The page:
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Essential Skills
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  Student, above, takes part in a pre-apprenticeship program in Manitoba.
 

Apprenticeship: What's involved?

The 5 steps to becoming an apprentice


Last time we looked at some frequently asked questions about apprenticeship. This time we'll outline the stages involved in the apprenticeship process.

What is the apprenticeship process?
Apprenticeship can be outlined in five major steps:

Step 1: Choosing a trade
Choosing a trade begins by evaluating skills and interests and determining the trade that is most fulfilling.  Apprenticeship Coordinators can help potential apprentices to discover their hidden talents with personality and skill assessments. There are also online assessments that will help determine the best trade for the individual.

Step 2: Education: High school's a good place to start
High school is a good time to start planning for an apprenticeship. High schools offer co-op programs to provide some basic skills and hands-on training in the skilled trades. The Ontario Youth Apprenticeship Program also offers students a chance to get a jump start on their apprenticeship.

Also most post secondary institutions offer pre-apprenticeship training which offers basic skills essential for trades to individuals who have completed high school but are looking for some training before entering an apprenticeship. It is best to have completed Grade 12, since employers prefer it and apprentices with their Grade 12 have more success in technical training.

Step 3: Employment
In order to enter an apprenticeship individuals must connect with an employer who is willing to sponsor them. Searching for an apprenticeship job is like any other, it’s time to start knocking on doors, making phone calls and sending out resumes. ASETS apprenticeship coordinators can help potential apprentices on their road to employment by connecting them with employers looking for apprentices. In addition to arranging contacts, apprenticeship coordinators can provide advice and tips on making it through the interview and beefing up resumes to make individuals more attractive to potential employers.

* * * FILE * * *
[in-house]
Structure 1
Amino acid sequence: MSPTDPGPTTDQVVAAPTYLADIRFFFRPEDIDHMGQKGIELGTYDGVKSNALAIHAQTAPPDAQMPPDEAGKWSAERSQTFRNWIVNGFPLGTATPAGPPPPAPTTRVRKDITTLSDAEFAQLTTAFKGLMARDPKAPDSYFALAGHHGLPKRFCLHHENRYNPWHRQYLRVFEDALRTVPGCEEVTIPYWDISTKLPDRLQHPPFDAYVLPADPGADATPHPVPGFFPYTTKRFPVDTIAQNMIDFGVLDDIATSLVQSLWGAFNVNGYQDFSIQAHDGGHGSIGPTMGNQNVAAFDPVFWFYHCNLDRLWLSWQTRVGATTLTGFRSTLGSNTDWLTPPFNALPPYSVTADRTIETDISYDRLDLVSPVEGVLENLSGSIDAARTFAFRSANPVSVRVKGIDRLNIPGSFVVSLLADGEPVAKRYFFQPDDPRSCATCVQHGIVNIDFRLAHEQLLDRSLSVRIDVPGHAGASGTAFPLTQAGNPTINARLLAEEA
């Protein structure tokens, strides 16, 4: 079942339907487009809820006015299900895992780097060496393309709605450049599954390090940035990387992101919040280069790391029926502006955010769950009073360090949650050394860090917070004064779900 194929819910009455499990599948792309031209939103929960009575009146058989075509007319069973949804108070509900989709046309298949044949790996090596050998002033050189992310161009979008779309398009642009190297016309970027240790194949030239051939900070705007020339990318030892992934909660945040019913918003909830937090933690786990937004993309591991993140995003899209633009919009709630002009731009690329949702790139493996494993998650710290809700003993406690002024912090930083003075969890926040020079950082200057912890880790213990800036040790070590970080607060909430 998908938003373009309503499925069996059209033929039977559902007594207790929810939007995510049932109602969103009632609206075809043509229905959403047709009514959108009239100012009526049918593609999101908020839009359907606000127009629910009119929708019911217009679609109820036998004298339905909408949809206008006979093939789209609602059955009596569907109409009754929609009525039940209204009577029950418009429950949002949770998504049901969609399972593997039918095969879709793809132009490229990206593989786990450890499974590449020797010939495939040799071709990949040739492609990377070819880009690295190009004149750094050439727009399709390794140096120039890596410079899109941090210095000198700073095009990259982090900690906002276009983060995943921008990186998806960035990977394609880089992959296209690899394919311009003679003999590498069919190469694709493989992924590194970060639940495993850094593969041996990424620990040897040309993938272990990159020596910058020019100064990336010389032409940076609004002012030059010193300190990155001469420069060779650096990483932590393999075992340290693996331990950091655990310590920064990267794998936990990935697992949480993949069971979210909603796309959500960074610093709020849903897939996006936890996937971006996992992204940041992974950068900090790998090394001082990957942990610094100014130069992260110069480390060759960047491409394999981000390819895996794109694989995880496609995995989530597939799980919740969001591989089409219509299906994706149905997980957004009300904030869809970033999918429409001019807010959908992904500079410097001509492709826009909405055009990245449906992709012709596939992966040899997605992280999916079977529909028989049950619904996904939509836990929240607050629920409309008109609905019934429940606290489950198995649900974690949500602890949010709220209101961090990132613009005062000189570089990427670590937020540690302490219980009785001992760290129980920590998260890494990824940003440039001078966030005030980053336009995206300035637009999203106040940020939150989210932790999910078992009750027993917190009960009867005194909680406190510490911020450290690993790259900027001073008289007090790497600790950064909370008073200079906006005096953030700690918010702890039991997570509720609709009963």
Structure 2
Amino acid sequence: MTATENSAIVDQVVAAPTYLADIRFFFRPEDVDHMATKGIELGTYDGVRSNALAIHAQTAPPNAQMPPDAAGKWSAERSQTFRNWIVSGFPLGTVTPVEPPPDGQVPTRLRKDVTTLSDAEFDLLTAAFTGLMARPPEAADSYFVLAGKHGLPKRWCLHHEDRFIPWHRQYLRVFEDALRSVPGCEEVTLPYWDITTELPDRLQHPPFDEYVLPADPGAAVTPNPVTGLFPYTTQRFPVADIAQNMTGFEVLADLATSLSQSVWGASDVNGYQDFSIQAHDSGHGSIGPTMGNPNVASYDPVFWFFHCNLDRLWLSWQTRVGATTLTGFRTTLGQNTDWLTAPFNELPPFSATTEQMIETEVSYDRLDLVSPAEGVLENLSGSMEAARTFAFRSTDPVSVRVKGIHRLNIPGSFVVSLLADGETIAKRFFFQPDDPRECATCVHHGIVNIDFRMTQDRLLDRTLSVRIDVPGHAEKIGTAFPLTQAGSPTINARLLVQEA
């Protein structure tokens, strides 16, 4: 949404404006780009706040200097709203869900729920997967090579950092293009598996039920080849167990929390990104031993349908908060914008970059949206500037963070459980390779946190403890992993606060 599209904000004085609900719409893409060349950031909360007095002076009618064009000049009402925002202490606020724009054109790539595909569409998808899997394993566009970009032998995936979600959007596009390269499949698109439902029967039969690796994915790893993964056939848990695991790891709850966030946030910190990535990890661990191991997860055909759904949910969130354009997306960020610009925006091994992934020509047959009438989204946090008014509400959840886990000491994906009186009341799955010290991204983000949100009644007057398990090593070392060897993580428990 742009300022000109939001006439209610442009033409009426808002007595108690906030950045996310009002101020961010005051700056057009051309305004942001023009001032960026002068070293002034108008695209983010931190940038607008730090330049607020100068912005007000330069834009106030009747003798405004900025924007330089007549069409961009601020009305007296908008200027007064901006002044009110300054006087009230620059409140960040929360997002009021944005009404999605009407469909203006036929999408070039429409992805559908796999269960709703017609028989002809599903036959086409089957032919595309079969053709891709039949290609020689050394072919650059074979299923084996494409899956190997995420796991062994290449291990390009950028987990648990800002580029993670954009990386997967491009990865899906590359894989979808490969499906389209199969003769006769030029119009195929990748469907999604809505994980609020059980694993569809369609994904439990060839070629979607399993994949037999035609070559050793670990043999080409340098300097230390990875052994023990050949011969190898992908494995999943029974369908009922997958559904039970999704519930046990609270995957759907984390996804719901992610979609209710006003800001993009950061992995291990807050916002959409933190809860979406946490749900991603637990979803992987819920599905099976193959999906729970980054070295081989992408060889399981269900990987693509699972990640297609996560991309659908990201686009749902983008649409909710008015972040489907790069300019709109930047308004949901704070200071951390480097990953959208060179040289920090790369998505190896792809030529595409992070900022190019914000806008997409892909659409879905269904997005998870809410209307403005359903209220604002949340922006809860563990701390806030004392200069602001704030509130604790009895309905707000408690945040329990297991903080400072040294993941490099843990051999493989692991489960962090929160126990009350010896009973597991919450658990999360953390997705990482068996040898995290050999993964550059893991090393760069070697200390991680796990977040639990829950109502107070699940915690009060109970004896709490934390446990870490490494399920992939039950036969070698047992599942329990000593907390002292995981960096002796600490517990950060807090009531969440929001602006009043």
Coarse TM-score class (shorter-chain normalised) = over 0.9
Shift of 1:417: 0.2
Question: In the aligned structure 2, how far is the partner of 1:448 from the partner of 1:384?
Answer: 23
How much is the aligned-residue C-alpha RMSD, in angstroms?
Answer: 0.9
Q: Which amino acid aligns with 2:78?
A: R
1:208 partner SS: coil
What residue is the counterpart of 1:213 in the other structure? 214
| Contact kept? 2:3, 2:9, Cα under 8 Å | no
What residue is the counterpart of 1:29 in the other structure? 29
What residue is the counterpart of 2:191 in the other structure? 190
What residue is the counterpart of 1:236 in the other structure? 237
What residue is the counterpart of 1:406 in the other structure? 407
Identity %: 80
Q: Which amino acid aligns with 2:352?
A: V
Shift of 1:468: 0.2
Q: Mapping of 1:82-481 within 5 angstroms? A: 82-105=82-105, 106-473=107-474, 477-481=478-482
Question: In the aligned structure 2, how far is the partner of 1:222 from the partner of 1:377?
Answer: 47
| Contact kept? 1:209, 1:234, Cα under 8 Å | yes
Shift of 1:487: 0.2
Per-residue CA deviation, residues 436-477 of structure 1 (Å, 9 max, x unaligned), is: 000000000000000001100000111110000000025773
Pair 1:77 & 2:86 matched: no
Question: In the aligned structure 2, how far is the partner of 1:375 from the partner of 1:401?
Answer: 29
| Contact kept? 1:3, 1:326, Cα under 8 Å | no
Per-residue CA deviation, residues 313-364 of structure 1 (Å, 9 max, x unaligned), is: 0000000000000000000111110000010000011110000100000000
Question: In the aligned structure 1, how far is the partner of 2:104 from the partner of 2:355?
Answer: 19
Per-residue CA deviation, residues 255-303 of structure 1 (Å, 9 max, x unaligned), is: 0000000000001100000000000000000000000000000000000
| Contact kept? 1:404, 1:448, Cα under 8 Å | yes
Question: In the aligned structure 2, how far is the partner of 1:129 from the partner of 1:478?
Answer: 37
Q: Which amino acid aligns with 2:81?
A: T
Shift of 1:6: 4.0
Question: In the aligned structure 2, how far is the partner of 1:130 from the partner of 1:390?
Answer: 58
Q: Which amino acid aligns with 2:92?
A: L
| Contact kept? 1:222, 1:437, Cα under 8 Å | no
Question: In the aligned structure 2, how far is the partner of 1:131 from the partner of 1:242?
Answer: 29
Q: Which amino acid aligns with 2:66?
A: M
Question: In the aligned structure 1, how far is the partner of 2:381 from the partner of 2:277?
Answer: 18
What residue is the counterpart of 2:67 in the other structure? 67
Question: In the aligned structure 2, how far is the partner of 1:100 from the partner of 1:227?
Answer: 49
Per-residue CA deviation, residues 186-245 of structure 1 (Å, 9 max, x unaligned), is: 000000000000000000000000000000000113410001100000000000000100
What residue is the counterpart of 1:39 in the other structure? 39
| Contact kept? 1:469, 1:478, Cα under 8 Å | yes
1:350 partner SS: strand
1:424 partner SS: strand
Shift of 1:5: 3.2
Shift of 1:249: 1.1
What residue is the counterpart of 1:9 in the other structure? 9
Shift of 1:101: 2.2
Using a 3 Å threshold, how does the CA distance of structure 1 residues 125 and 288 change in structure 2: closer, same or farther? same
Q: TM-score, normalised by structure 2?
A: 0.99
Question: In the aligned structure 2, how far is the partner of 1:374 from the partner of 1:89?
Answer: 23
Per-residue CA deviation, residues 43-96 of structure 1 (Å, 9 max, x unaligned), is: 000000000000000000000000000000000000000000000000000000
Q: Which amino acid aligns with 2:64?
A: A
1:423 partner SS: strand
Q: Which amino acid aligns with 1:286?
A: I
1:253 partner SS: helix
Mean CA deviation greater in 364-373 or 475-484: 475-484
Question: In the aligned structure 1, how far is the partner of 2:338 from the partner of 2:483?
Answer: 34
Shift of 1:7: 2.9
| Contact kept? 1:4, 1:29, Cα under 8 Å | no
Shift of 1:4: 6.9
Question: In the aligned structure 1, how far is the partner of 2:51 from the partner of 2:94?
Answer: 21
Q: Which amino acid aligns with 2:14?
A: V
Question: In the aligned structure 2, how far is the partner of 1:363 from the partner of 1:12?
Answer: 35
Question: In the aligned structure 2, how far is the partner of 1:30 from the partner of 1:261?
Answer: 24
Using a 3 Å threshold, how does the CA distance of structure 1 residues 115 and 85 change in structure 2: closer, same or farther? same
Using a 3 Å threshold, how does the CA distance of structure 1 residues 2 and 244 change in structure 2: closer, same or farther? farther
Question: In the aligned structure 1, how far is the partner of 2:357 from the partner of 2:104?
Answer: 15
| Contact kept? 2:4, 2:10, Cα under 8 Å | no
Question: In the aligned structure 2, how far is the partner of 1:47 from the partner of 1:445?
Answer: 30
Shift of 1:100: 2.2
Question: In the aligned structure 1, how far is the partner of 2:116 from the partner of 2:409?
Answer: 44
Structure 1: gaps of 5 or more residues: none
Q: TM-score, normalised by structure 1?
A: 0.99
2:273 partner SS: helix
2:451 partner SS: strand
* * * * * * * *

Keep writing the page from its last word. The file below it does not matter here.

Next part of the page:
It is important to get experience in a trade. People usually work 3-6 months in a trade before getting apprenticed. During this time individuals evaluate their interest in the trade and other tradespeople are gauging their suitability to work in that trade.

Step 4: Registering 
Once an employer agrees to sponsor someone, the individual must register as an apprentice. The ASETS apprenticeship coordinator can arrange the paperwork with the Ministry of Training Colleges and Universities (MTCU) to set them up as an apprentice. Through the ASETS, the MTCU will provide the apprentice with a training schedule and arrange for in class training.

Step 5: The Learning Process
Now the apprentice is on the road to a prosperous career.  Throughout the apprenticeship the individual will learn hands-on skills as well as technical skills at an appropriate post secondary institution. The learning process continues until they have completed the requirements needed to receive journeyperson certification.
Over 80% of learning is done on the job. Technical in–class training occurs during the apprenticeship.

Next time we'll look at some of the benefits of becoming an apprentice. And check out our website's Apprenticeship pages.

(Info above from the Aboriginal Apprenticeship Board of Ontario.)

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